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A gripping novel to read alongside the work of contemporary Latinx writers.

Emilio, a "dreamer" and U.C. Berkeley student who has been deported to Guatemala, a country foreign to him, tries to return to the Bay Area home where he was raised.

Emilio’s mother, in Northern California, wants her son to stay put with a relative in rural Guatemala while an immigration attorney in the United States works on his case. But Emilio is young, bright, and afraid—that his life will pass him by waiting for the U.S. to get its immigration-policy act together and that he’ll never see his mother, two sisters, and girlfriend again. He embarks on the perilous journey back to California secretly, hoping he can make most of the trip before having to call his mother for help. Along the way, he befriends four Hondurans—Mathilde, Jonatan, Pedro, and William—and together they cross into Mexico, ride atop The Beast, the infamous freight train that travels north, and traverse the Sonoran Desert to cross the U.S.’s southern border. Marcom has crafted a harrowing, heartbreaking story. Emilio and his friends experience extreme violence and terror as well as deep wells of courage, resilience, and hope. The author explores the many ways people preserve their dignity in circumstances in which others with more power would reduce them to animals. While people do monstrous things, no one here is all monster. For every cartel henchman who abuses the migrants, there is a volunteer who offers them food, water, clothing, shelter, or words of comfort. Marcom’s plotting and pacing are well honed, and her prose is often revelatory, but a romance between Emilio and Mathilde feels jarring in its insistence on their inexhaustible nobility. Likewise, stories from other migrants riding the train, though well-told, feel like reportage conspicuously dropped into the story. The author's effort to “humanize” Emilio the Dreamer and the other Central American migrants raises questions about whom this novel is for and what it’s assuming about whose voices will be heard on migration.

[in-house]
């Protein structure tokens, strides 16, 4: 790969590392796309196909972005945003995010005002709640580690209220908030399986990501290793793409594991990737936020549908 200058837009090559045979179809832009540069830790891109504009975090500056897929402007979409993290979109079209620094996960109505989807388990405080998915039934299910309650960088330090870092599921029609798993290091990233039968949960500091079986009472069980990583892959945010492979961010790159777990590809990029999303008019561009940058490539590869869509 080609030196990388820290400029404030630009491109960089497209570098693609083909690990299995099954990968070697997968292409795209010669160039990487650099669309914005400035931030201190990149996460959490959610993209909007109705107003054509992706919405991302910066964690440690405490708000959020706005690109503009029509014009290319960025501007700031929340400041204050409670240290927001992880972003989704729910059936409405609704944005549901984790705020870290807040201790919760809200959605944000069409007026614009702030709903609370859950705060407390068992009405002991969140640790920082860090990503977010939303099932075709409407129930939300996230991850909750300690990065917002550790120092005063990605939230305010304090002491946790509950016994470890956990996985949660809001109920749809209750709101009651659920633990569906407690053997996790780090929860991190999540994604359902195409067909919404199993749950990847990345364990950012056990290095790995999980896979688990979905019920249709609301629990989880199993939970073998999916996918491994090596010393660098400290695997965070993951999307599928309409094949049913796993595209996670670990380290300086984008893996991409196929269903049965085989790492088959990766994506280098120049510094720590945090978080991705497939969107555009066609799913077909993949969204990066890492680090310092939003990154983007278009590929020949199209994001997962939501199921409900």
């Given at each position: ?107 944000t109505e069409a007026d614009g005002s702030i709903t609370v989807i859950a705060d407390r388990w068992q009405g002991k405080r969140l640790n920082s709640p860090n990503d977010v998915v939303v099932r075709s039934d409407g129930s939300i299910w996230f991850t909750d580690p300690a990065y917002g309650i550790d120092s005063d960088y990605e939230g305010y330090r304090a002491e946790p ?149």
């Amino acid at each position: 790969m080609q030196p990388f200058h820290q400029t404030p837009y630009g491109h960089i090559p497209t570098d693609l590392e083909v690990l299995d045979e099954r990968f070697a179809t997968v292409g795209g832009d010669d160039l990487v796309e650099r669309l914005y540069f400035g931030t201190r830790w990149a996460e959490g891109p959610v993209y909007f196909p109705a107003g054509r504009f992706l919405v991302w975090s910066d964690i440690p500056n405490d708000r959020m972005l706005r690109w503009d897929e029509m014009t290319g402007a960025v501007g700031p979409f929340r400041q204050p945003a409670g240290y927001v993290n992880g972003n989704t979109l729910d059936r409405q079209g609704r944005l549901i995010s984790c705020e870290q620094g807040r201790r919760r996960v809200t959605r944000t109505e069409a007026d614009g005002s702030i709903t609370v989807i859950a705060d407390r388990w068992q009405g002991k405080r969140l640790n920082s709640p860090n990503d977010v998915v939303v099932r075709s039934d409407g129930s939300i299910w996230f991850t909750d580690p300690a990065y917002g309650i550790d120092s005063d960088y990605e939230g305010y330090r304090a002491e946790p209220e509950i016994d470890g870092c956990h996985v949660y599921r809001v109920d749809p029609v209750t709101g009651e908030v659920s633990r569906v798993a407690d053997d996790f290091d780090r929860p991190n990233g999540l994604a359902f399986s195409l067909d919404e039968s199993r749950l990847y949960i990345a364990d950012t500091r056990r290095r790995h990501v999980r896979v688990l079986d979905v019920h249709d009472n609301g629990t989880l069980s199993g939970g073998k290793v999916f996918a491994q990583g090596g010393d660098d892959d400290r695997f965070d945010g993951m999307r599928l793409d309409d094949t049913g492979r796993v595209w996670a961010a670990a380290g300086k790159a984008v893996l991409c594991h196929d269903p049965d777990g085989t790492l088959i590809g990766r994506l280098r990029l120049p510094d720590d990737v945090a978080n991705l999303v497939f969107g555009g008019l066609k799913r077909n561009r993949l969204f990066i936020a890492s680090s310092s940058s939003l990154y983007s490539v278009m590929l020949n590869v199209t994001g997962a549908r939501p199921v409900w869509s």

A gripping novel to read alongside the work of contemporary Latinx writers.

Pub Date: Aug. 18, 2020

ISBN: 978-1-9821-2072-6

Page Count: 272

Publisher: Simon & Schuster

Review Posted Online: June 2, 2020

Kirkus Reviews Issue: June 15, 2020

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The story's very ambiguity steadily feeds its mysteriousness and power, and Danielewski's mastery of postmodernist and...

An amazingly intricate and ambitious first novel - ten years in the making - that puts an engrossing new spin on the traditional haunted-house tale.